Australia has a problem with its power system that goes to the core of many issues we’re facing at the moment — increasing coal and gas prices, changing electricity usage, and climate change. That’s the problem of resilience: how well our power system can adapt to change.
Right now, our power system is not in a position to adapt to change. If temperatures rise as expected; if the global price of coal and gas increase dramatically; if global carbon reduction becomes binding; or we start changing our electricity usage patterns, adjusting the system will be very expensive.
This is mainly because the Australian power industry has put all its eggs in the basket of electricity from coal. Even transitioning to gas — ostensibly a low-carbon alternative — will be costly and uncompetitive.
Diversifying fuel sources for electricity will provide the greatest improvement in resilience and adaptability for the supply of Australian electricity, saving us money in the future.
So how have other countries approached the problem of resilience in the supply of electricity? And what should we be doing? We looked at these questions in a recent paper.
Germany has been hailed for its ambitious roll out of renewable energy. But more than 50% of Germany’s fuel for electricity is imported, which has presented it with an energy security problem.
For this reason, and also because of a commitment to climate change mitigation, Germany has sought to diversify and domesticate their sources of fuel through feed-in-tariffs paid to renewable energy owners. This single policy measure has increased Germany’s renewable energy generation from 3% in 1990 to 22% in 2012.
While critics have pointed to disruption on the grid and in the wholesale market, proponents have cited employment, investment and increased exports.
In our study we found that feed-in-tariffs not only increased renewable energy generation, but democratised production too. Instead of industry, generation shifted to families, villages and farmers.
Ultimately this has resulted in tensions between industry and voters (much as it has in Australia), but the German public remains committed to the policy.
California is also in the news, for its Californian Solar Initiative, a US$2.2 billion program to encourage rooftop solar investment. California’s interest in diversification was founded in an electricity crisis back in 2000, causing black outs, upward price spirals and state bail-outs of electricity companies.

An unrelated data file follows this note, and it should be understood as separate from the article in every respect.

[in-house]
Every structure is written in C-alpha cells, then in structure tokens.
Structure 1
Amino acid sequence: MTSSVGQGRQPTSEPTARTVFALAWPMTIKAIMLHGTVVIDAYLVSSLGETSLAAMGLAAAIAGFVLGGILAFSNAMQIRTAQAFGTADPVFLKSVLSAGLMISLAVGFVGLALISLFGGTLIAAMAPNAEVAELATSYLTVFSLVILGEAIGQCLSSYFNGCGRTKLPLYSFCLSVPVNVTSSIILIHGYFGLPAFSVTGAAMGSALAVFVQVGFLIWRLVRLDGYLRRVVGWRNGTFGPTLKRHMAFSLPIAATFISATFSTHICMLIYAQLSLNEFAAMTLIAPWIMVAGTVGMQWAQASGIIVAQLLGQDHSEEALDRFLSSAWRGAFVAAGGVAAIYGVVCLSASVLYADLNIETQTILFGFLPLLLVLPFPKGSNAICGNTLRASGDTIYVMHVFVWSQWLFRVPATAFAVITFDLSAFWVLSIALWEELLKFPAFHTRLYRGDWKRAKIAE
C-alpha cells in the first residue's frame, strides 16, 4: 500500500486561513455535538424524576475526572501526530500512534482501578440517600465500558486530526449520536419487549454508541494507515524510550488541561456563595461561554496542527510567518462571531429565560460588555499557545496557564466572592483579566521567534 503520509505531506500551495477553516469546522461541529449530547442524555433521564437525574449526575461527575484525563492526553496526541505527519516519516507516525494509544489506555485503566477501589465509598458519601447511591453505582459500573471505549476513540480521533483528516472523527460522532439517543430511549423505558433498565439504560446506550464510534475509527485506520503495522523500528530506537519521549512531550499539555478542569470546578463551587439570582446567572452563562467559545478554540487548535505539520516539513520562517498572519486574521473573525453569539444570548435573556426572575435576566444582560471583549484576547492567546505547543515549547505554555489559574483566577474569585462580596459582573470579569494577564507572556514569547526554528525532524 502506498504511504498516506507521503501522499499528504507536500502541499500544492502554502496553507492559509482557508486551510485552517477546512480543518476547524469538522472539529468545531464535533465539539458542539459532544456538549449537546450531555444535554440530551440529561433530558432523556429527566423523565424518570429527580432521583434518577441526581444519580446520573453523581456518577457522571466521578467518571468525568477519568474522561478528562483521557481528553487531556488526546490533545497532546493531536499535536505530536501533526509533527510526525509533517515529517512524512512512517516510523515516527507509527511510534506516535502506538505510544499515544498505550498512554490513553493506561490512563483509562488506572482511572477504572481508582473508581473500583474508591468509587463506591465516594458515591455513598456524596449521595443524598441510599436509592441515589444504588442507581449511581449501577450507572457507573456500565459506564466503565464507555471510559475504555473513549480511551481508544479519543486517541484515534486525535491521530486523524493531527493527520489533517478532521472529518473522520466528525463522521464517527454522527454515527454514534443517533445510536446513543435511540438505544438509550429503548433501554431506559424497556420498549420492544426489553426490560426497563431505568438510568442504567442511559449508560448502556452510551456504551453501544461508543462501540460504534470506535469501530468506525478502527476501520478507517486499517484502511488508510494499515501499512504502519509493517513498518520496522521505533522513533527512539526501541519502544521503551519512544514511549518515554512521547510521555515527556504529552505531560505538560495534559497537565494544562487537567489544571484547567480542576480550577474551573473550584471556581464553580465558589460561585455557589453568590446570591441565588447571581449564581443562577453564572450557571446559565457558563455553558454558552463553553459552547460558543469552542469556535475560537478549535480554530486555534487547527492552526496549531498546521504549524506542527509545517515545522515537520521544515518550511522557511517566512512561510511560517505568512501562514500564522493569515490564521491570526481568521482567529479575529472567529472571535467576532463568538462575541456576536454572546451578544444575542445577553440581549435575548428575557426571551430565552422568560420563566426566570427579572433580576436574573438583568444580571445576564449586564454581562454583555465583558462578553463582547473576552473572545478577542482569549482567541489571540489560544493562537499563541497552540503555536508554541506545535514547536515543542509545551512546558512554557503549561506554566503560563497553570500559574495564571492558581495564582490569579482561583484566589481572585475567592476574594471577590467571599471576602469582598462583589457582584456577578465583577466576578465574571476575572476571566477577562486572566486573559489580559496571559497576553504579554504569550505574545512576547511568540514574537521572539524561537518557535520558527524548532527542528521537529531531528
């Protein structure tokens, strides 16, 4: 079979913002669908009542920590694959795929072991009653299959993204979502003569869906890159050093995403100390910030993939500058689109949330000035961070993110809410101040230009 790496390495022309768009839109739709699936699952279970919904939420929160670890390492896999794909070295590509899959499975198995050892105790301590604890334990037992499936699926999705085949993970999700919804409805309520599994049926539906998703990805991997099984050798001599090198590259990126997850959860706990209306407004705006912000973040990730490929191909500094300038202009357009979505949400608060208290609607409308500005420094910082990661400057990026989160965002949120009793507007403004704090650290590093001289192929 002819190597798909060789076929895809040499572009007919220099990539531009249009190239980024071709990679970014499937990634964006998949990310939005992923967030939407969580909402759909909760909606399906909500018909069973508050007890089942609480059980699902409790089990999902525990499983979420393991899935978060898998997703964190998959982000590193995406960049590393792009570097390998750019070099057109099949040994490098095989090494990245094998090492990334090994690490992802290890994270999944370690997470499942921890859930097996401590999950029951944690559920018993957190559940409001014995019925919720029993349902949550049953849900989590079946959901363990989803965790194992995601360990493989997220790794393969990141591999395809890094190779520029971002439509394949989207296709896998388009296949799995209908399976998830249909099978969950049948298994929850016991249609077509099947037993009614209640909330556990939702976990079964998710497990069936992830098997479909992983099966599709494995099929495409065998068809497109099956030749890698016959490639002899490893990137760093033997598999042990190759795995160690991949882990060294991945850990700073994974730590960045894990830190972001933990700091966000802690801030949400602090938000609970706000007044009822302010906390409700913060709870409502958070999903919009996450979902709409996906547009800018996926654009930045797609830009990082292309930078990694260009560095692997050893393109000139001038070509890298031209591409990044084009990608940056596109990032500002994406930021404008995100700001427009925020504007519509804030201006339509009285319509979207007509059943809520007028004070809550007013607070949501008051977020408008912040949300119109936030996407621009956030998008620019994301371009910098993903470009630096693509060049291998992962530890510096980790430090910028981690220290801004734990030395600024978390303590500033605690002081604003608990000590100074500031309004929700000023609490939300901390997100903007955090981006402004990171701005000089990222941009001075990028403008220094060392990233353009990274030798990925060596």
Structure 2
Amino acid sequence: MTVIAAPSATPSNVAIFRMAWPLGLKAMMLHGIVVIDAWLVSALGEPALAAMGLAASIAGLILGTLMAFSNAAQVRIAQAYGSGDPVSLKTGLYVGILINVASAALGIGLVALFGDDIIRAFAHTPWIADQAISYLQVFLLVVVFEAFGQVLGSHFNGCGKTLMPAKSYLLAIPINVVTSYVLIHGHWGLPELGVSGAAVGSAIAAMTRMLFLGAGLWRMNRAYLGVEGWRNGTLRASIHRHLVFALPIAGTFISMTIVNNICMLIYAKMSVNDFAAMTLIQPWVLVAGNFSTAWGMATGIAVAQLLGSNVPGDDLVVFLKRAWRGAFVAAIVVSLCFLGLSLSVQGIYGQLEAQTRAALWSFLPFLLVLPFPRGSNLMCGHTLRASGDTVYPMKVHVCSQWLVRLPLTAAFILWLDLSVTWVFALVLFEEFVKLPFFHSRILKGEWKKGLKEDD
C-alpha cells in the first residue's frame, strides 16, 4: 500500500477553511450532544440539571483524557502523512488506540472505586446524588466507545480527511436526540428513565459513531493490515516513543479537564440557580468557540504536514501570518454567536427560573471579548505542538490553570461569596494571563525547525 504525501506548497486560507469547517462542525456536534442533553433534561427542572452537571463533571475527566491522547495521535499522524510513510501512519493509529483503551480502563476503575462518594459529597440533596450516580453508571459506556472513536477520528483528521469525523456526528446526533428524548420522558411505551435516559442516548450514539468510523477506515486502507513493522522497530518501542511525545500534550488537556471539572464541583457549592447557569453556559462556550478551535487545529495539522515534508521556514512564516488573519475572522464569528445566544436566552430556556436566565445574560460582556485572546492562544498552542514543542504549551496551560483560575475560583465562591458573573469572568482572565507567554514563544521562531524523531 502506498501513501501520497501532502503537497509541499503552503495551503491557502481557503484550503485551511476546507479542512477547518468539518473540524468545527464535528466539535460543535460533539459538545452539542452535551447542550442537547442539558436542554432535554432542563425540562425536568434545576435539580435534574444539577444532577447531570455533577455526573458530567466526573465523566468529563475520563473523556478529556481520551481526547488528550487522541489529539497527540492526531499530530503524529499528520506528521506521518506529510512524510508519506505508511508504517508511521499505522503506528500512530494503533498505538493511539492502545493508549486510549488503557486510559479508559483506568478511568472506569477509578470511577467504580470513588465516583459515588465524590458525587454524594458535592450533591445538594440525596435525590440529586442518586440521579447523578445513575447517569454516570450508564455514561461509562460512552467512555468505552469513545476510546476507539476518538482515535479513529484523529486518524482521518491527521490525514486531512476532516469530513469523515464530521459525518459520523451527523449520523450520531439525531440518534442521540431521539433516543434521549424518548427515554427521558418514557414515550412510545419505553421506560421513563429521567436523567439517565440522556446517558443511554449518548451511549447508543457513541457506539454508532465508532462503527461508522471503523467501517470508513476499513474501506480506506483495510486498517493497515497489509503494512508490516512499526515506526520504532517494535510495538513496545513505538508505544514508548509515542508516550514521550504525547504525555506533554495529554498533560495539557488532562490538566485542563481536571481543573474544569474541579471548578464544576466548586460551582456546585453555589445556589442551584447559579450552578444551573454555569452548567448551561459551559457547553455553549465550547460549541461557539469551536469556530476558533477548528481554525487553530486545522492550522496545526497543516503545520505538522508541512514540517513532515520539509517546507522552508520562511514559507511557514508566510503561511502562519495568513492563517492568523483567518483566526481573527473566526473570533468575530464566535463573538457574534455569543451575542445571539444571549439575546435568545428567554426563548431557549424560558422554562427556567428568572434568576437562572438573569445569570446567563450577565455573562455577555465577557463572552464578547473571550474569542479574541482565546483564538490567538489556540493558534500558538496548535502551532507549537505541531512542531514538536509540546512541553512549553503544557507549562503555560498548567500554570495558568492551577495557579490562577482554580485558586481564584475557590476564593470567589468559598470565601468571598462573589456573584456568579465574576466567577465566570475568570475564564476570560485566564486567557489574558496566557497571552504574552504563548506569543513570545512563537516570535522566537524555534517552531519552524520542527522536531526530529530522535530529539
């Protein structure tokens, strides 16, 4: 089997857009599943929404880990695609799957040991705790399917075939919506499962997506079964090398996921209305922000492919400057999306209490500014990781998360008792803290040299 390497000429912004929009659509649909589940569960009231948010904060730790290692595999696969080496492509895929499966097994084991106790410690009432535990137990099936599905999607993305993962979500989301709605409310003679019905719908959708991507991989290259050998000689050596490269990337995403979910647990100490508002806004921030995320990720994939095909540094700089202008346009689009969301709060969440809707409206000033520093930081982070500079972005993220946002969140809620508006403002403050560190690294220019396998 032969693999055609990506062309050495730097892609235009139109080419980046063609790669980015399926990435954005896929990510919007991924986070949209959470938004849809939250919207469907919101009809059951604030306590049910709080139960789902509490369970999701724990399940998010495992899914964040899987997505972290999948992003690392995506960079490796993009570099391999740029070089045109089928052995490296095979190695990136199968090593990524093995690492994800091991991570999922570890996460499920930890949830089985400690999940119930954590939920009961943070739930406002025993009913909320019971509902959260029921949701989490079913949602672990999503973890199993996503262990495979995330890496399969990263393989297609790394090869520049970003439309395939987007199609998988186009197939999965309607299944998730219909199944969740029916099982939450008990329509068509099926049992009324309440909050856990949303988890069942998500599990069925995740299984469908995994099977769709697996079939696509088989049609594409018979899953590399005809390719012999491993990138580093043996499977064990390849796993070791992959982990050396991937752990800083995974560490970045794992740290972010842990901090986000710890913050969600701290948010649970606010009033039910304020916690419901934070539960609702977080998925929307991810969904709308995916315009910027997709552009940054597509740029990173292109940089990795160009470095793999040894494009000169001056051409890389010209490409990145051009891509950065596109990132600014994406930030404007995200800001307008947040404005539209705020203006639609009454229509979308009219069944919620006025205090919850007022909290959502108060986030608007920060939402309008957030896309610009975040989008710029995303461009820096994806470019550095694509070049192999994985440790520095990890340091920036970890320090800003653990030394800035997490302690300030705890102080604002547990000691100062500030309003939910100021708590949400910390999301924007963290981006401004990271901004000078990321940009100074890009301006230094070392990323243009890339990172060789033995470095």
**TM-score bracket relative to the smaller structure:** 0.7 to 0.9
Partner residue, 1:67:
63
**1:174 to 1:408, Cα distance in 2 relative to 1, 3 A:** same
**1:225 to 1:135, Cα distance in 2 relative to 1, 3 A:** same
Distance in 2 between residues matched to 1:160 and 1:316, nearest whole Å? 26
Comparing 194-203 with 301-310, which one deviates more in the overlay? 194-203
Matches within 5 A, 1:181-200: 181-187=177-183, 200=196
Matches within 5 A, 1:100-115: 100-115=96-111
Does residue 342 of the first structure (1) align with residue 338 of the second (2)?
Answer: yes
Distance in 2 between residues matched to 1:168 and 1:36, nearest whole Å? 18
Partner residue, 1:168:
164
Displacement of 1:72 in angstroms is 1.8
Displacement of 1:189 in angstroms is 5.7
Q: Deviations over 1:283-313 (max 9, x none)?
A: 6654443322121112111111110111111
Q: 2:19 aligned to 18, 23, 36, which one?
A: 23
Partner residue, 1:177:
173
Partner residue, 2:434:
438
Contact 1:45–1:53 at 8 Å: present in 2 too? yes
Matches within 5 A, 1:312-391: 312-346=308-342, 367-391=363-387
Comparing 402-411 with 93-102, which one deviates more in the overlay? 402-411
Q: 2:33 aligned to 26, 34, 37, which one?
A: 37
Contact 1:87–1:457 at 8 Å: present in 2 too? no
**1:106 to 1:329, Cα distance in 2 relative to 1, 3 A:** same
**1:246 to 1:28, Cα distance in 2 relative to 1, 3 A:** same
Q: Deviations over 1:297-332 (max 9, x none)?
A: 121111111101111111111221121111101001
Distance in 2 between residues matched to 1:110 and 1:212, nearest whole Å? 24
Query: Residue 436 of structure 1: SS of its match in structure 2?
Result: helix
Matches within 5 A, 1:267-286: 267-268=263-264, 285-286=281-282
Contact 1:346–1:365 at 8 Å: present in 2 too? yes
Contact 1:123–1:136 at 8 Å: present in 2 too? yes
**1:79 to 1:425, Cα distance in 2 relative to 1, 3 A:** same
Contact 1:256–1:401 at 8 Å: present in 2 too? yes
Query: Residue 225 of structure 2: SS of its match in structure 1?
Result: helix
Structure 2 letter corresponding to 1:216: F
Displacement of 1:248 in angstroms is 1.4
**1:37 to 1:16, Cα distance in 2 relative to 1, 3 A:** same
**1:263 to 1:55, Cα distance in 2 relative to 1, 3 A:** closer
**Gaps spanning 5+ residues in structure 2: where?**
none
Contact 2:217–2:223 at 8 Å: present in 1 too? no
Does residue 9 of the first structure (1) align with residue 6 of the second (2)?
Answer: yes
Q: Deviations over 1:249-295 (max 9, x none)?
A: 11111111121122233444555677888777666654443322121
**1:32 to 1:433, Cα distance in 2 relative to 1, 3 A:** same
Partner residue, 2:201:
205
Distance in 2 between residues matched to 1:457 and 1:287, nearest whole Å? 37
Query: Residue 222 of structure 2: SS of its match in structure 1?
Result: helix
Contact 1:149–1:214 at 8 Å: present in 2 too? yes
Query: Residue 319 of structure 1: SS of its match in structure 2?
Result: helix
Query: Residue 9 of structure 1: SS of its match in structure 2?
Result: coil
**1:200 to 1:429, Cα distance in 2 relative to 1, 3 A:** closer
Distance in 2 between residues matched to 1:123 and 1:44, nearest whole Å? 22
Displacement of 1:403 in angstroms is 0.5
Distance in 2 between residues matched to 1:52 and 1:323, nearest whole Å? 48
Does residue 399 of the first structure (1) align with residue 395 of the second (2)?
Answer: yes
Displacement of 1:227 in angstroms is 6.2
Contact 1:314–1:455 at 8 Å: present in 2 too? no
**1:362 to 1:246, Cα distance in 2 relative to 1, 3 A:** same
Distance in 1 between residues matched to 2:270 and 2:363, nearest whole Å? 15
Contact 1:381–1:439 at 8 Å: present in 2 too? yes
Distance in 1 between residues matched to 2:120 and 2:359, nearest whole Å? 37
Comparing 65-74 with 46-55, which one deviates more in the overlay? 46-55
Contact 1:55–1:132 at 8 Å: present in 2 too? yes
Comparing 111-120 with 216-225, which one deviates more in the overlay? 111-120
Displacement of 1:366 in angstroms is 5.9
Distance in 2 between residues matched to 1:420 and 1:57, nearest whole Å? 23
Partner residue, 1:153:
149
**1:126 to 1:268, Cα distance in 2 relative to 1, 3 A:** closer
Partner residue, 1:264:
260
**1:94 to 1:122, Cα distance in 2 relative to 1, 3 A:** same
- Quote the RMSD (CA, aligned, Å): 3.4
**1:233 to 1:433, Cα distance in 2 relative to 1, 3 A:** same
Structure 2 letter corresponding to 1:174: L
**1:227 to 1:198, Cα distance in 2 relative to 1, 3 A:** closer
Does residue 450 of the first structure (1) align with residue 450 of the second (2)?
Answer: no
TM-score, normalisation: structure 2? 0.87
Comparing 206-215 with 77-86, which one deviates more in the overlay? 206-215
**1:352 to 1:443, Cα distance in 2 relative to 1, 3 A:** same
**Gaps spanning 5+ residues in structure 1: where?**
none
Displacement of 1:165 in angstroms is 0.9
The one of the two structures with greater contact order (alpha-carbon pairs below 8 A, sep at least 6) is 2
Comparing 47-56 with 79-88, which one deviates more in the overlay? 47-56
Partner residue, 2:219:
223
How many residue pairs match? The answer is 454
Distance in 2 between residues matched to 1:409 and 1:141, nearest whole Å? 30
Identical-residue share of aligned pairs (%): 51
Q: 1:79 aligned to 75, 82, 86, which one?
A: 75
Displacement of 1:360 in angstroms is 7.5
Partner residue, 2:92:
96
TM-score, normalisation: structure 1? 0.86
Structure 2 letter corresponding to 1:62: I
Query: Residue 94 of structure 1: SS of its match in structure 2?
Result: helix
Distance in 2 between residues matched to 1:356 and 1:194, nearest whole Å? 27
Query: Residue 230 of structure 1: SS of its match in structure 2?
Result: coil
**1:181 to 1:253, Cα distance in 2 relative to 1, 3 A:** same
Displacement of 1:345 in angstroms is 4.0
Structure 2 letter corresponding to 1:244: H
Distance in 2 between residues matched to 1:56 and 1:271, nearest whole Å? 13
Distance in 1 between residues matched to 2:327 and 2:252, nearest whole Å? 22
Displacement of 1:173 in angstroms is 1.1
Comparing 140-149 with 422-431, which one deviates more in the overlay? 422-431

There were many reasons underpinning the electricity crisis. Higher gas prices and flaws in market structure that allowed former energy giant Enron to game the energy market were key factors. As a result, the Californian Energy Commission has been committed to diversifying fuels for electricity, encouraging efficiency measures and strengthening both the infrastructure and the institutional structure of the industry.
Initial attempts to diversify away from gas-fired generation were focused on renewable portfolio standards, in effect the same as Australia’s Renewable Energy Target. These were unsuccessful in transitioning California away from its reliance on gas.
For that reason, the Californian government intervened with the Californian Solar Initiative rebates to boost electricity from solar. Notably, with its hot, dry weather conditions, California also has the world’s largest solar thermal generators which have been constructed and are in the process of being commissioned thanks to support from a variety of federal support mechanisms.
California’s shift to greater resilience and energy security has involved a number of overlapping policy measures. These are now starting to deliver greater diversity of supply and energy security.
China’s gigantic investment in coal-fired generation tends to dominate discussion about how the nation is bolstering electricity systems for the future.